How housing benefit and council tax support are calculated

The more income you have, the less benefit you get.  The Government sets the minimum amount that you need to live on each year.  This is called the applicable amount.  If your income is more than your applicable amount, you will get less housing benefit and council tax support.

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Use our benefit calculator to see if you’re entitled to housing benefit or council tax support.

Your applicable amount is the minimum the Government says you and your family need to live on.

It’s made up of:

  • Personal allowance
  • Dependants allowance
  • Premiums

Personal allowance

Your applicable amount will always include a personal allowance.  There are different amounts of personal allowance based on your age and whether you are single, married, living together as a couple or a lone parent.

Dependants allowance

If you’re looking after children (other than foster children), your applicable amount will include an allowance for each child.  The allowance continues as long as you get child benefit for the child. From 6 April 2017 for new claims or change of circumstances the Housing Benefit applicable amount is restricted up to a maximum of two children, unless you have a Child Tax Credit award notice which specifies more than two children have been included in the Child Tax Credit decision. The restriction will only apply to Housing benefit claims, and not Council Tax Support claims.

Premiums

Your applicable amount may include a premium for:

  • Having a disability
  • Being of pensionable age
  • Caring for someone
  • Being a family

Your housing benefit will be reduced by 65% of any income over your applicable amount.  Your council tax support will be reduced by 20% of any income over your applicable amount.

If you live with your partner, your housing benefit and council tax support will be based on your joint income and capital.  This also applies to couples in a civil partnership.

Income and earnings

Income is all the money you receive in one week.  This includes earnings, pensions, tax credits, other benefits and an assumed income from savings.

If you receive pension credits (either guaranteed or savings credit) and have told the Pension Service you are claiming housing benefit and council tax support, they will tell us how much income you are receiving.  Some benefits are completely ignored, such as attendance allowance and disability living allowance.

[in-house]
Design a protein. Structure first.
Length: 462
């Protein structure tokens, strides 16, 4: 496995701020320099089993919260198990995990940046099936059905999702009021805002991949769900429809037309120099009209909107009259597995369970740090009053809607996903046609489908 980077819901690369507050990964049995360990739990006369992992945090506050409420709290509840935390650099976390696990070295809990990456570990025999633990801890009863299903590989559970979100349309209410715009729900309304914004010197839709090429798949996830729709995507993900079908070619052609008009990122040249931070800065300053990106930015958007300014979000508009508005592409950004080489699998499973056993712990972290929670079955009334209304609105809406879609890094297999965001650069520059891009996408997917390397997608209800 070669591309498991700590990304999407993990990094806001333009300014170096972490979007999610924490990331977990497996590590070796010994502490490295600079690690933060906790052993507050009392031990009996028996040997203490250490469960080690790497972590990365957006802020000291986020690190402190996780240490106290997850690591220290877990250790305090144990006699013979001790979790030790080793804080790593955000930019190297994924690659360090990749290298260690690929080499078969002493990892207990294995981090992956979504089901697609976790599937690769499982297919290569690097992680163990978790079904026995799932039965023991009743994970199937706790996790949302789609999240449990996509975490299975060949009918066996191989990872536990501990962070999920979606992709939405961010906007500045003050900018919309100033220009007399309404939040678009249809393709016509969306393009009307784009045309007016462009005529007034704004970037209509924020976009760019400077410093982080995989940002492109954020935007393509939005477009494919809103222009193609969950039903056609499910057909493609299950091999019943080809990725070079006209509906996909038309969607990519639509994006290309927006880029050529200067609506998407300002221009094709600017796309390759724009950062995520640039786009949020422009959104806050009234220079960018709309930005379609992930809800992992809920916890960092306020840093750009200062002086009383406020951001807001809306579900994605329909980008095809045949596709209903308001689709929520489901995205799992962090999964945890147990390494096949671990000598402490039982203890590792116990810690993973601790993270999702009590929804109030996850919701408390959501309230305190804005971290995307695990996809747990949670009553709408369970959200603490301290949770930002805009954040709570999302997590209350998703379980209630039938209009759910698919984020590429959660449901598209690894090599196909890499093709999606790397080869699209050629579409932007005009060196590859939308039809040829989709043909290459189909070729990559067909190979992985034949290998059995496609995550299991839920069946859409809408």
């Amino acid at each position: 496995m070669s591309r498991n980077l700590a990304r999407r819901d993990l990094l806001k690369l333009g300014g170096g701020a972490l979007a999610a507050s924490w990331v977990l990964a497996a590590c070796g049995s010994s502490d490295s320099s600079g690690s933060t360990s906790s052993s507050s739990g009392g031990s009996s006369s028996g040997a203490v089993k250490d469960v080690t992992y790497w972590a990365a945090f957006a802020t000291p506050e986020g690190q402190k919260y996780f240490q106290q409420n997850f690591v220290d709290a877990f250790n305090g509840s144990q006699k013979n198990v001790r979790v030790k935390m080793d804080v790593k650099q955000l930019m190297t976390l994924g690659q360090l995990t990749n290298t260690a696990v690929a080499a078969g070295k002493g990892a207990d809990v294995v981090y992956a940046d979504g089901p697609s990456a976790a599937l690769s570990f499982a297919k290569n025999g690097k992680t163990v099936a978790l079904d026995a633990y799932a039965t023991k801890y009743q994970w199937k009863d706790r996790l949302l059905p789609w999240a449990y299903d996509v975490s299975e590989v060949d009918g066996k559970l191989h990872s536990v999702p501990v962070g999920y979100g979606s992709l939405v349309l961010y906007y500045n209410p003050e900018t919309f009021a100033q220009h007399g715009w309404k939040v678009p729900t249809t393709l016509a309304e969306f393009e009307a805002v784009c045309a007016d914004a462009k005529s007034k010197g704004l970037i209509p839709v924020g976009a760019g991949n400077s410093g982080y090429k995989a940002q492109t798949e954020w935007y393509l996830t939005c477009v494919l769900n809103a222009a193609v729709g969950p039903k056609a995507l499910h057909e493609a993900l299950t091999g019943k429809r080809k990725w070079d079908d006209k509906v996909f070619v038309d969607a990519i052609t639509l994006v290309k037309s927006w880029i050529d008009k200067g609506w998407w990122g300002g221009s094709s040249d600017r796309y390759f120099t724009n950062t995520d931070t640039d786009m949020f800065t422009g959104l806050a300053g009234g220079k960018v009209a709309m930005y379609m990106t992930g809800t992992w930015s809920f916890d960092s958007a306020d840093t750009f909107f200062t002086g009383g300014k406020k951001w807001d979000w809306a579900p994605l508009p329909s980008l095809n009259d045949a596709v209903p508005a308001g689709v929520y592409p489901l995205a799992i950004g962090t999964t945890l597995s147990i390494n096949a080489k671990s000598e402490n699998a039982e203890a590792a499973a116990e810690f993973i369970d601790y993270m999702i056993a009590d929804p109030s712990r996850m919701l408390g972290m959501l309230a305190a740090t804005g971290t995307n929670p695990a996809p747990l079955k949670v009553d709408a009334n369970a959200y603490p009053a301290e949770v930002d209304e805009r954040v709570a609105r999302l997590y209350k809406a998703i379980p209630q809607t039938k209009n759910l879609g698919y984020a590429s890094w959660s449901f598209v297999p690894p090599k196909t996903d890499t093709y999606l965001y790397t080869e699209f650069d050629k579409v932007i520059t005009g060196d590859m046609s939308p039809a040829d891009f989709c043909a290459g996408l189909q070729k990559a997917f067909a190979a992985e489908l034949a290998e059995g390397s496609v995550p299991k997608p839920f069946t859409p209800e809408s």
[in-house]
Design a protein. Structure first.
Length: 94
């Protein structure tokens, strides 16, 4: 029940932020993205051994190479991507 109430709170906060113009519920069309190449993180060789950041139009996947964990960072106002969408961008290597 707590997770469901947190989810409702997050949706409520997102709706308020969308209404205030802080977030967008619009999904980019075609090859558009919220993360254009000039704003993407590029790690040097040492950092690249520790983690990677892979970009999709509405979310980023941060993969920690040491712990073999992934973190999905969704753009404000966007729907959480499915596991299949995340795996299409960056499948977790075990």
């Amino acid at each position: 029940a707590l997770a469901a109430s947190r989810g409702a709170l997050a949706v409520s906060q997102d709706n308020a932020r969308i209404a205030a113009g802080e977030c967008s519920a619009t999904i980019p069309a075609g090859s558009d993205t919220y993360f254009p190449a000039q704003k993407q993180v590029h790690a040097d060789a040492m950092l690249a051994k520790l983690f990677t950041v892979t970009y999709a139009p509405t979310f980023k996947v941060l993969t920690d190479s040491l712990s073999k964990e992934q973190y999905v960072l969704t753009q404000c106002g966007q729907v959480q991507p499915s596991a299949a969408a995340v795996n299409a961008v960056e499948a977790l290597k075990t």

Earnings include money you receive from employment and self employment.  We take off income tax, national insurance and half of any pension contributions you pay.  We can also ignore at least £5 of your earnings. 

Your benefit will not be reduced if you’re on income support or income based jobseeker’s allowance or employment and support allowance (income related).  This is because the amount of benefit you get is the same as your applicable amount. 

Capital

Capital is all your savings, investments and the value of any property or land you own but don’t live in.

If you are of working age and have £6,000 or more you won’t get council tax support. If you have £16,000 or more you won’t get housing benefit.

If you are of working age, any savings you have under £6,000 will be ignored when we assess your claim. If you have savings between £6,000 and £16,000 each £250 (or part of £250) will count as producing £1 income a week. 

If you are of pensionable age, any savings you have under £10,000 will be ignored when we look at your claim. If you have savings between £10,000 and £16,000 each £500 (or part of £500) will count as producing £1 income a week.

If you are of pension age and have £16,000 or more you will only get housing benefit or council tax support if you are receiving guaranteed pension credit.

If you think your benefit hasn’t been calculated correctly, see our benefit appeals page.